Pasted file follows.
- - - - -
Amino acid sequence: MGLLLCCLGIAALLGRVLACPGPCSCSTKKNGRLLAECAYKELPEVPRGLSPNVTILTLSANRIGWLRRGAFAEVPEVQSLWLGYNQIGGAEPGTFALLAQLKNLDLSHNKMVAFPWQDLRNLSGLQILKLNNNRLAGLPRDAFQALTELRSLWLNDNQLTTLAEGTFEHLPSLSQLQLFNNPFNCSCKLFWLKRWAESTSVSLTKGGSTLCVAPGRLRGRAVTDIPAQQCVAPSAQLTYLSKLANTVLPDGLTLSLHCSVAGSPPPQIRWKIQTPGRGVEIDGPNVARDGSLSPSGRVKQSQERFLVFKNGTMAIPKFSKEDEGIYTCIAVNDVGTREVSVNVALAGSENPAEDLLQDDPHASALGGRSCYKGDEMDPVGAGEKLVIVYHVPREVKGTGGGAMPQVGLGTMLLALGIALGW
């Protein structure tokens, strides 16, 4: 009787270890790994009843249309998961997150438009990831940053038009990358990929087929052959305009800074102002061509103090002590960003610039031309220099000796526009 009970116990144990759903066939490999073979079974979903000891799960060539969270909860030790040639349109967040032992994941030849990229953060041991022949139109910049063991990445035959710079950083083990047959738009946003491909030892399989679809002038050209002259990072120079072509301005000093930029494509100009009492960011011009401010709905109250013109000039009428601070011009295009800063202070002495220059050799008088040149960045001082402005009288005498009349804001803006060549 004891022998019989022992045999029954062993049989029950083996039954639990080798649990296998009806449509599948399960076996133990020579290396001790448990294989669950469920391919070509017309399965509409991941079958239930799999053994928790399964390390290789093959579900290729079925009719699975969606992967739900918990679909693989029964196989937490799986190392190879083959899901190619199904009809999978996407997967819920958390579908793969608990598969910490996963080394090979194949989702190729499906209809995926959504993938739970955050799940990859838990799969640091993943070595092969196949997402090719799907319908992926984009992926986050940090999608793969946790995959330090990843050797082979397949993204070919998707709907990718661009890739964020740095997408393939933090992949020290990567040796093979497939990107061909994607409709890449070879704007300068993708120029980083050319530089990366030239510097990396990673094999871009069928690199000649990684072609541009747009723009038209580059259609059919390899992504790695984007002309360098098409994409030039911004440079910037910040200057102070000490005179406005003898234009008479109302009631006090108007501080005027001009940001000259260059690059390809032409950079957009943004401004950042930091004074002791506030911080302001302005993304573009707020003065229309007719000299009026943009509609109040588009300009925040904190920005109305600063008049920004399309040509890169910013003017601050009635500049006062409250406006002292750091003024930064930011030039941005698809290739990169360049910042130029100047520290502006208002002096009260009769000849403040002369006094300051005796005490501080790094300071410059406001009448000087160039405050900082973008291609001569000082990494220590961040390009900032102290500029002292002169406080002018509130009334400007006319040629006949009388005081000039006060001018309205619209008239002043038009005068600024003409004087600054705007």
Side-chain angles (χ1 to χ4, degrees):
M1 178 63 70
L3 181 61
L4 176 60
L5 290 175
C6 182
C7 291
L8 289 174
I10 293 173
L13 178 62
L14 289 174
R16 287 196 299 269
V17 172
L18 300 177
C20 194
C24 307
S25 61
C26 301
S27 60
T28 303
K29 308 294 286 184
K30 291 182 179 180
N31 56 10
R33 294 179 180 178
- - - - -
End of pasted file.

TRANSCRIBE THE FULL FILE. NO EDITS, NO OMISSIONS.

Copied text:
Amino acid sequence: MGLLLCCLGIAALLGRVLACPGPCSCSTKKNGRLLAECAYKELPEVPRGLSPNVTILTLSANRIGWLRRGAFAEVPEVQSLWLGYNQIGGAEPGTFALLAQLKNLDLSHNKMVAFPWQDLRNLSGLQILKLNNNRLAGLPRDAFQALTELRSLWLNDNQLTTLAEGTFEHLPSLSQLQLFNNPFNCSCKLFWLKRWAESTSVSLTKGGSTLCVAPGRLRGRAVTDIPAQQCVAPSAQLTYLSKLANTVLPDGLTLSLHCSVAGSPPPQIRWKIQTPGRGVEIDGPNVARDGSLSPSGRVKQSQERFLVFKNGTMAIPKFSKEDEGIYTCIAVNDVGTREVSVNVALAGSENPAEDLLQDDPHASALGGRSCYKGDEMDPVGAGEKLVIVYHVPREVKGTGGGAMPQVGLGTMLLALGIALGW
């Protein structure tokens, strides 16, 4: 009787270890790994009843249309998961997150438009990831940053038009990358990929087929052959305009800074102002061509103090002590960003610039031309220099000796526009 009970116990144990759903066939490999073979079974979903000891799960060539969270909860030790040639349109967040032992994941030849990229953060041991022949139109910049063991990445035959710079950083083990047959738009946003491909030892399989679809002038050209002259990072120079072509301005000093930029494509100009009492960011011009401010709905109250013109000039009428601070011009295009800063202070002495220059050799008088040149960045001082402005009288005498009349804001803006060549 004891022998019989022992045999029954062993049989029950083996039954639990080798649990296998009806449509599948399960076996133990020579290396001790448990294989669950469920391919070509017309399965509409991941079958239930799999053994928790399964390390290789093959579900290729079925009719699975969606992967739900918990679909693989029964196989937490799986190392190879083959899901190619199904009809999978996407997967819920958390579908793969608990598969910490996963080394090979194949989702190729499906209809995926959504993938739970955050799940990859838990799969640091993943070595092969196949997402090719799907319908992926984009992926986050940090999608793969946790995959330090990843050797082979397949993204070919998707709907990718661009890739964020740095997408393939933090992949020290990567040796093979497939990107061909994607409709890449070879704007300068993708120029980083050319530089990366030239510097990396990673094999871009069928690199000649990684072609541009747009723009038209580059259609059919390899992504790695984007002309360098098409994409030039911004440079910037910040200057102070000490005179406005003898234009008479109302009631006090108007501080005027001009940001000259260059690059390809032409950079957009943004401004950042930091004074002791506030911080302001302005993304573009707020003065229309007719000299009026943009509609109040588009300009925040904190920005109305600063008049920004399309040509890169910013003017601050009635500049006062409250406006002292750091003024930064930011030039941005698809290739990169360049910042130029100047520290502006208002002096009260009769000849403040002369006094300051005796005490501080790094300071410059406001009448000087160039405050900082973008291609001569000082990494220590961040390009900032102290500029002292002169406080002018509130009334400007006319040629006949009388005081000039006060001018309205619209008239002043038009005068600024003409004087600054705007």
Side-chain angles (χ1 to χ4, degrees):
M1 178 63 70
L3 181 61
L4 176 60
L5 290 175
C6 182
C7 291
L8 289 174
I10 293 173
L13 178 62
L14 289 174
R16 287 196 299 269
V17 172
L18 300 177
C20 194
C24 307
S25 61
C26 301
S27 60
T28 303
K29 308 294 286 184
K30 291 182 179 180
N31 56 10
R33 294 179 180 178